The gorgeous house the Japan Creative Centre is housed in.

Matsuo's contributions to 50 years of fashion evolution.

Matsuo’s contributions to 50 years of fashion evolution.

Curator, Steven Lim.

Curator, Steven Lim.

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JeromeLim-3654

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JeromeLim-3671

JeromeLim-3655

JeromeLim-3689

JeromeLim-3715

 





Soup, Luncheon Meat, Lychees and a Last Supper at the ArtScience Museum

1 05 2012

Love them or hate them, the works of Andy Warhol are without a doubt some of the most recognisable art pieces produced in second half of the 20th Century. There is also little doubt of the impact that the enigmatic Warhol has had during his lifetime on the visual arts scene. However, beyond the iconic imagery that he is synonymous with, particularly of cans of Campbell’s Soup – there is very little that I myself have of the artist and I took the opportunity to learn more of the artist who would otherwise remain a mystery to me at the Andy Warhol: 15 Minutes Eternal exhibition now on at the ArtScience Museum, to which the good folks at the museum were kind enough to extend an invitation to me.

The Andy Warhol 15 Minutes Eternal exhibition is on until 12 Aug 2012. © 2012 The Andy Warhol Foundation for the Visual Arts, Inc. / Artists Rights Society (ARS), New York and Marina Bay Sands.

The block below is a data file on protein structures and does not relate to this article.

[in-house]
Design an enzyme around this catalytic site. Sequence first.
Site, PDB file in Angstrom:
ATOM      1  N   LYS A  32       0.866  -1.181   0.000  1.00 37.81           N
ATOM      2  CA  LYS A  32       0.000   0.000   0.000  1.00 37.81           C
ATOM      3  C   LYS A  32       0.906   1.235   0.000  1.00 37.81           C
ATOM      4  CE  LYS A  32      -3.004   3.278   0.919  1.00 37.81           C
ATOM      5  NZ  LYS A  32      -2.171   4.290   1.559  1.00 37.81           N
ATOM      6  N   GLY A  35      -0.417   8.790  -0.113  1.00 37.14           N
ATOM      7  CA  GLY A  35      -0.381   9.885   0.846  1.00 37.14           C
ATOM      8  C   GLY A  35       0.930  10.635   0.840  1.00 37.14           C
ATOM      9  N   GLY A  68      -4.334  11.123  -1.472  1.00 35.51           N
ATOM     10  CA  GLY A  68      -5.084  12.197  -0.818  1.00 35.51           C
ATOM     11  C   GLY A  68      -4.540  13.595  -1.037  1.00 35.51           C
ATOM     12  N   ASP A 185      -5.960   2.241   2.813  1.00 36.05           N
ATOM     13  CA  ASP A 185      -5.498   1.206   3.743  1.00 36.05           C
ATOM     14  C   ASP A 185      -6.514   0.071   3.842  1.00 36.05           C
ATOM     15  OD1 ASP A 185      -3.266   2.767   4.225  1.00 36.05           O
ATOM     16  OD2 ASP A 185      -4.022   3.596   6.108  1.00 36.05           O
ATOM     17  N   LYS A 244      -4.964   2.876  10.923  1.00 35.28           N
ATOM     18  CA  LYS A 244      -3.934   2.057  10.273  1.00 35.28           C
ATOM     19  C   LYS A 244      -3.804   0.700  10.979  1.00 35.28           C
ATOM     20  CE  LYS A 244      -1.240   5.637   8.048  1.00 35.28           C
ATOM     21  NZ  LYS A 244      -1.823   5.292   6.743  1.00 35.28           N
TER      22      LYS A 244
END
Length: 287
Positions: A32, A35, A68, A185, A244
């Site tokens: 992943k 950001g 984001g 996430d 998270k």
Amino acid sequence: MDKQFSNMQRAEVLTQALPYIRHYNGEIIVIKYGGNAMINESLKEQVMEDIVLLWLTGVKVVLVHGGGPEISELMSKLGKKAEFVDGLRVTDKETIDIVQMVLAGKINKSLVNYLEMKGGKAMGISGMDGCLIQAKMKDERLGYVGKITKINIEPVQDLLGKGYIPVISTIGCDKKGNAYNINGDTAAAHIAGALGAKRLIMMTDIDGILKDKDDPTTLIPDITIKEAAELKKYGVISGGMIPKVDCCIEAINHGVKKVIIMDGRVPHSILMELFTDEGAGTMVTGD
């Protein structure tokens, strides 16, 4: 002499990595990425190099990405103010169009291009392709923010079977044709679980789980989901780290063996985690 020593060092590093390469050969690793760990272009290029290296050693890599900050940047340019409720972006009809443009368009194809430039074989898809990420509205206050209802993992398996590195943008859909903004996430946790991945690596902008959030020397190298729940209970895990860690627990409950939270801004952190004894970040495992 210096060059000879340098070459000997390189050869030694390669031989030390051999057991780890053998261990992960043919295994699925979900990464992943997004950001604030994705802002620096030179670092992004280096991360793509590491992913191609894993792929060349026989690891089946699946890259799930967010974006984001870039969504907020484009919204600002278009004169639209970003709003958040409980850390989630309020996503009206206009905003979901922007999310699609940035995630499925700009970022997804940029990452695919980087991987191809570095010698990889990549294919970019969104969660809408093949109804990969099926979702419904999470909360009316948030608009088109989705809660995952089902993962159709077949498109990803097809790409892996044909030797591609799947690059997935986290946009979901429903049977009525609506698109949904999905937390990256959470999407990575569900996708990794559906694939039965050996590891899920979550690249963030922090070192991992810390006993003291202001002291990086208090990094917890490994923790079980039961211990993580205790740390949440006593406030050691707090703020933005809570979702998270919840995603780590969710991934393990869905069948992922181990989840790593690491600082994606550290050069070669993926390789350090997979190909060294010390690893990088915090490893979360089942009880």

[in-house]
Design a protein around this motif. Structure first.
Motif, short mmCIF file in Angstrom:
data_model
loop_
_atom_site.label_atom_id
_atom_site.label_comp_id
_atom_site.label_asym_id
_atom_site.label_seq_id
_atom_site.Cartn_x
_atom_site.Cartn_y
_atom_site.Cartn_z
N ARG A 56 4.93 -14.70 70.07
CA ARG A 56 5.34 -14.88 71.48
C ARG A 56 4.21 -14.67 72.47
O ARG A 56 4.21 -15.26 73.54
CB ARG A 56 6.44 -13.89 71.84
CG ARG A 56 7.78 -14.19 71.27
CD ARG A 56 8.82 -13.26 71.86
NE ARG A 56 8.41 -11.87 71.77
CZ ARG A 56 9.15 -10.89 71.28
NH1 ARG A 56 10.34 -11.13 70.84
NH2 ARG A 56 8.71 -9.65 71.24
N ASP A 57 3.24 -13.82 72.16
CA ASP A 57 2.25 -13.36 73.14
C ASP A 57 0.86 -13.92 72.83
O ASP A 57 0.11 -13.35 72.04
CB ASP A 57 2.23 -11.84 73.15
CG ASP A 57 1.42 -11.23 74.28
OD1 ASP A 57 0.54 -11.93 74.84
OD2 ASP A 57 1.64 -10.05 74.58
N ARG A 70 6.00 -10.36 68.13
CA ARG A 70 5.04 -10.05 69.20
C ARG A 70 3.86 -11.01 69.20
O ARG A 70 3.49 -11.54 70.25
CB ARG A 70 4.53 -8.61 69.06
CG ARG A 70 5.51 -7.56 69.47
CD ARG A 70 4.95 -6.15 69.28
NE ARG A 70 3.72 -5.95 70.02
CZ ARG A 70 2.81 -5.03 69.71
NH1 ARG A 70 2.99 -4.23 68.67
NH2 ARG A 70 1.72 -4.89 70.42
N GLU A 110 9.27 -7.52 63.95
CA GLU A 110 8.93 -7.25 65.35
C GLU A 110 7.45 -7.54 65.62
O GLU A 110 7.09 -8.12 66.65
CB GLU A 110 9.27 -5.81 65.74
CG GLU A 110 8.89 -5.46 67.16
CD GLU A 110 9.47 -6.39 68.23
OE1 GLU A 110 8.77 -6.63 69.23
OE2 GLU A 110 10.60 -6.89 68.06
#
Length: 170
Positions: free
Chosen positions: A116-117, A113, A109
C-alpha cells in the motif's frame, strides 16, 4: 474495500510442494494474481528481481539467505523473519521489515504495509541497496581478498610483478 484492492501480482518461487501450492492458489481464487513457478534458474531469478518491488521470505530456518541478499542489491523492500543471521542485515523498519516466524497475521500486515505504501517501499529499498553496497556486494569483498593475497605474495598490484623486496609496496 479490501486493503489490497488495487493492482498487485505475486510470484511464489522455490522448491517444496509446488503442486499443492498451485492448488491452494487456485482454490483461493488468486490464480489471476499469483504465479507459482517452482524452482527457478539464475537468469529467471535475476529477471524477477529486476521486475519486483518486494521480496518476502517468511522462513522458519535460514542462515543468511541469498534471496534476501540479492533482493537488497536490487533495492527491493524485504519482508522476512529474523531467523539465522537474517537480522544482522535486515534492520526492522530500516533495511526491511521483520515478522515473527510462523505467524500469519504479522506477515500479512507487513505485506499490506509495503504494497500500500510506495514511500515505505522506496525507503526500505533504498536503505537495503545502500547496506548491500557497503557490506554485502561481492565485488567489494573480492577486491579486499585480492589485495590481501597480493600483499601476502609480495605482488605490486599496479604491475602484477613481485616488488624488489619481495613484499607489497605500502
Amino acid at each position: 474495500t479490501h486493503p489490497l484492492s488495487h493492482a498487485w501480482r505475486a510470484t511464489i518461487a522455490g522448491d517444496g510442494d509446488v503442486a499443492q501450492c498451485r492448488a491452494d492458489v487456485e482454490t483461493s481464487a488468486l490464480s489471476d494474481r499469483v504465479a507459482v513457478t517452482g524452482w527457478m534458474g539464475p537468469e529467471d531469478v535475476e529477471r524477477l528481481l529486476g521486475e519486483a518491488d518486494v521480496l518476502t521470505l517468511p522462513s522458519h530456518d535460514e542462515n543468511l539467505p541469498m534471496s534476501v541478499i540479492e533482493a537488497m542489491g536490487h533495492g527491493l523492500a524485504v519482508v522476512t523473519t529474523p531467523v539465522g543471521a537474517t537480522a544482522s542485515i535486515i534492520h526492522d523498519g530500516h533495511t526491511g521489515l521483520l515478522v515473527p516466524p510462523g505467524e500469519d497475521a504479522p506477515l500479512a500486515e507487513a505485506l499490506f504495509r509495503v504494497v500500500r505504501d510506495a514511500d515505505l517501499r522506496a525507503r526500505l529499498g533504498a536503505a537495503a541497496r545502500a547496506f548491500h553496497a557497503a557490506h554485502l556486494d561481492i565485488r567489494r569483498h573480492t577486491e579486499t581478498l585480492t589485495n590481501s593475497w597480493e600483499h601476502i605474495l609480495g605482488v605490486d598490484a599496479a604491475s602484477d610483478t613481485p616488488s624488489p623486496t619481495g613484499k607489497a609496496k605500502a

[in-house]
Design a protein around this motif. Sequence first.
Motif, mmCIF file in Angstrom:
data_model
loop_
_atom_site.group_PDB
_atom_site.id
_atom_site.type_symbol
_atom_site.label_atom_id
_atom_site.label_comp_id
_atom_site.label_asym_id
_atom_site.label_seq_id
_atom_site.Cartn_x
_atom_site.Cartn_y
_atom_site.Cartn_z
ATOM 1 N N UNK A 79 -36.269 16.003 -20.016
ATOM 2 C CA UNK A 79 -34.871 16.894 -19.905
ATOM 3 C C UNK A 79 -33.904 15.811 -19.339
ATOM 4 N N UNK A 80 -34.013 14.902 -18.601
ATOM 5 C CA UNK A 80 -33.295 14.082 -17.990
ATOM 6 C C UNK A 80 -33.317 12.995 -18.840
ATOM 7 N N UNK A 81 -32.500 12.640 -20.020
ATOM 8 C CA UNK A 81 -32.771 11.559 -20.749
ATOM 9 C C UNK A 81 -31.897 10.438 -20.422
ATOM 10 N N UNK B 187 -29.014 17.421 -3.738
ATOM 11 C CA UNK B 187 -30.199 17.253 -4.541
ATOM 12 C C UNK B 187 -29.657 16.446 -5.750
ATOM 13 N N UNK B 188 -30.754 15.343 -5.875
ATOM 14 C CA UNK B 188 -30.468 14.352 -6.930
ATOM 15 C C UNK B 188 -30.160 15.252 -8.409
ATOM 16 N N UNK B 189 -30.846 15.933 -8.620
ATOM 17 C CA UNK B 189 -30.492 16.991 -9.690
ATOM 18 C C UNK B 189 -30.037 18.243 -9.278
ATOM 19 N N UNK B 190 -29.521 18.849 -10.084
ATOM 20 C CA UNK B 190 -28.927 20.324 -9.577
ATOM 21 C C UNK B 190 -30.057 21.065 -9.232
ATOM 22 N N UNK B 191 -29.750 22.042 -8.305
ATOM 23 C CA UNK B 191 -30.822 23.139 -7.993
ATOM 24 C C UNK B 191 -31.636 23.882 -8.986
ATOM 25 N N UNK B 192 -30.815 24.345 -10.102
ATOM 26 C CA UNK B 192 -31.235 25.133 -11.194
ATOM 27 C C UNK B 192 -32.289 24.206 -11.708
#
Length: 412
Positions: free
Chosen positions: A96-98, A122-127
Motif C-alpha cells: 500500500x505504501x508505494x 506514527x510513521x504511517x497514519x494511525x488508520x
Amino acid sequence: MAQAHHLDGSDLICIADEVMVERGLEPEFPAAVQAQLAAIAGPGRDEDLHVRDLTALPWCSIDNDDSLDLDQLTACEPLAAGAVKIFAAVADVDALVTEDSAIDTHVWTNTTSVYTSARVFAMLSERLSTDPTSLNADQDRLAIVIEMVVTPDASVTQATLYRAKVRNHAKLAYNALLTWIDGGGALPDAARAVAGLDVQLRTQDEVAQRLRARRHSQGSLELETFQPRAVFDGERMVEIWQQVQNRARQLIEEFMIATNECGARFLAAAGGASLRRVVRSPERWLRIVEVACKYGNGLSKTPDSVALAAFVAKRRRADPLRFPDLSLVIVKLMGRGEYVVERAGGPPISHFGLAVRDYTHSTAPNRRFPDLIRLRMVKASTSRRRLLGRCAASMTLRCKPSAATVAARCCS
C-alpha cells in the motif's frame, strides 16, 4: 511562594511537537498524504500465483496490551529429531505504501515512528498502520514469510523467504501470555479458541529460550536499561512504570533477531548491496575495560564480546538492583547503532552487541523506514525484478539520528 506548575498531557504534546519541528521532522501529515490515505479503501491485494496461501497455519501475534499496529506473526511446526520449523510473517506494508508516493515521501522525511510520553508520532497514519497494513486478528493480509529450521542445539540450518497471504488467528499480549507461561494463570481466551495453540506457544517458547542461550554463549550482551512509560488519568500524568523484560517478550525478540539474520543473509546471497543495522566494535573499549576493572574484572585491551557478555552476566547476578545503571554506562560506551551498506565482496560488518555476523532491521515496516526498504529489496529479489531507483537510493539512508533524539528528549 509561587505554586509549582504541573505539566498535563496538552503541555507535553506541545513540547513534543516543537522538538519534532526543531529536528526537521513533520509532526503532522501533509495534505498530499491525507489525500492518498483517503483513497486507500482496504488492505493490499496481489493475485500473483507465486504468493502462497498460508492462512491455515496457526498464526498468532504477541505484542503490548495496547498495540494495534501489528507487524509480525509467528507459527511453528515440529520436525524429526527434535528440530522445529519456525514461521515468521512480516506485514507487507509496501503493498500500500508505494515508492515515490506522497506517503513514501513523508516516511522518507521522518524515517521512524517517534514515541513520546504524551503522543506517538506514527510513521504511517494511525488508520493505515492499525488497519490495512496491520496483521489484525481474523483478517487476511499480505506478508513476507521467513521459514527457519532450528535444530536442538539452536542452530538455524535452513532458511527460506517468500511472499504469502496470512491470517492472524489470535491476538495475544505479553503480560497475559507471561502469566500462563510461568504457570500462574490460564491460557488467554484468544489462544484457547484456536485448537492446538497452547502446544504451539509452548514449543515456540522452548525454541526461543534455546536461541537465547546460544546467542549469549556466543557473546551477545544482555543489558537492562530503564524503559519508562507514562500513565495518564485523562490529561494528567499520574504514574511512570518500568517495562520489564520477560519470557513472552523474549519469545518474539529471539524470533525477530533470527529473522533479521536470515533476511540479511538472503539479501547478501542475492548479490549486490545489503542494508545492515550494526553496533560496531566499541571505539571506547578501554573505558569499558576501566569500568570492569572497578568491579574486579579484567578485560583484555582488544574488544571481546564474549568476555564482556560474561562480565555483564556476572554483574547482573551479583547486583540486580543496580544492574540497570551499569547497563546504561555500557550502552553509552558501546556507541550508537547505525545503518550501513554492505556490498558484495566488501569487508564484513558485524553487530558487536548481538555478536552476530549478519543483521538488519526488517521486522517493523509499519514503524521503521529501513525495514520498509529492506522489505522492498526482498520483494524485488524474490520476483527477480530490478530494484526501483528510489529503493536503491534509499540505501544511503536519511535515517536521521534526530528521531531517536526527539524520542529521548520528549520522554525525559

Warhol, I was to learn from the expert guide who took the group of us through the exhibition, did have that air of mystery about him – not by accident but by design. Visitors learn of this soon after stepping through the very pink entrance where on a TV screen, a video of an interview Warhol did in his early years is shown. The artist does not say much in his responses – his attempt, I found out, to remain mysterious as a means to achieve fame, having been driven by an obsession Warhol had with the pursuit of fame and fortune.

It is in stepping into the exhibition proper from this first introduction to Warhol that I was to understand more about the man behind the mask Warhol had on, as the visitor is able to walk through the various stages of his life and get to know and understand the artist better through the works that he produced at each stage in Warhol’s career as an artist. The exhibition, held in the year which marks the 25th anniversary of Warhol’s death in 1987, ends on 12 Aug 2012 and has brought in over 260 paintings, drawings, sculptures, film, and video of Warhol’s works – the first time, such an extensive collection of his works is seen in Singapore. The exhibition, the title of which is in fact derived from Warhol’s famous “15 minutes of fame” quote – in which he said “In the future, everybody will be world-famous for fifteen minutes”, is sponsored by BNY Mellon and organized by The Andy Warhol Museum in Warhol’s home town of Pittsburgh.

Gold Leaf Shoe - inspired by gold leaf used in the creation of religious icons of the Byzantine Catholic faith that Warhol's parents practiced. © 2012 The Andy Warhol Foundation for the Visual Arts, Inc. / Artists Rights Society (ARS), New York and Marina Bay Sands.